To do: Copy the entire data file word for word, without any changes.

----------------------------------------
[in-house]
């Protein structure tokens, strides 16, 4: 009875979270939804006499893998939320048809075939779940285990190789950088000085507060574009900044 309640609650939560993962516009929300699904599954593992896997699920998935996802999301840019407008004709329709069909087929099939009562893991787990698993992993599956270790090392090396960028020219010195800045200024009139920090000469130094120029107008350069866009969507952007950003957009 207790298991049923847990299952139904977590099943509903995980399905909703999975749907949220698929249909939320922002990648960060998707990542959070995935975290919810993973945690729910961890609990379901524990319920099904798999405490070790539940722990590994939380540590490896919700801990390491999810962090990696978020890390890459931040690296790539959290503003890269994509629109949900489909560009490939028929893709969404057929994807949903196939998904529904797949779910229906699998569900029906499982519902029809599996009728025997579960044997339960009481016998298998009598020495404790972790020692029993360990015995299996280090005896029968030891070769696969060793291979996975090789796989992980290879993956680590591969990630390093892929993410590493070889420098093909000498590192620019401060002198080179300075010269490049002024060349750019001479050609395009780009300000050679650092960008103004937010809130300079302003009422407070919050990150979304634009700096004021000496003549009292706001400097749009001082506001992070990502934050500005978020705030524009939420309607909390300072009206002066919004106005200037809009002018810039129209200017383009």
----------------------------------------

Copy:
[in-house]
């Protein structure tokens, strides 16, 4: 009875979270939804006499893998939320048809075939779940285990190789950088000085507060574009900044 309640609650939560993962516009929300699904599954593992896997699920998935996802999301840019407008004709329709069909087929099939009562893991787990698993992993599956270790090392090396960028020219010195800045200024009139920090000469130094120029107008350069866009969507952007950003957009 207790298991049923847990299952139904977590099943509903995980399905909703999975749907949220698929249909939320922002990648960060998707990542959070995935975290919810993973945690729910961890609990379901524990319920099904798999405490070790539940722990590994939380540590490896919700801990390491999810962090990696978020890390890459931040690296790539959290503003890269994509629109949900489909560009490939028929893709969404057929994807949903196939998904529904797949779910229906699998569900029906499982519902029809599996009728025997579960044997339960009481016998298998009598020495404790972790020692029993360990015995299996280090005896029968030891070769696969060793291979996975090789796989992980290879993956680590591969990630390093892929993410590493070889420098093909000498590192620019401060002198080179300075010269490049002024060349750019001479050609395009780009300000050679650092960008103004937010809130300079302003009422407070919050990150979304634009700096004021000496003549009292706001400097749009001082506001992070990502934050500005978020705030524009939420309607909390300072009206002066919004106005200037809009002018810039129209200017383009």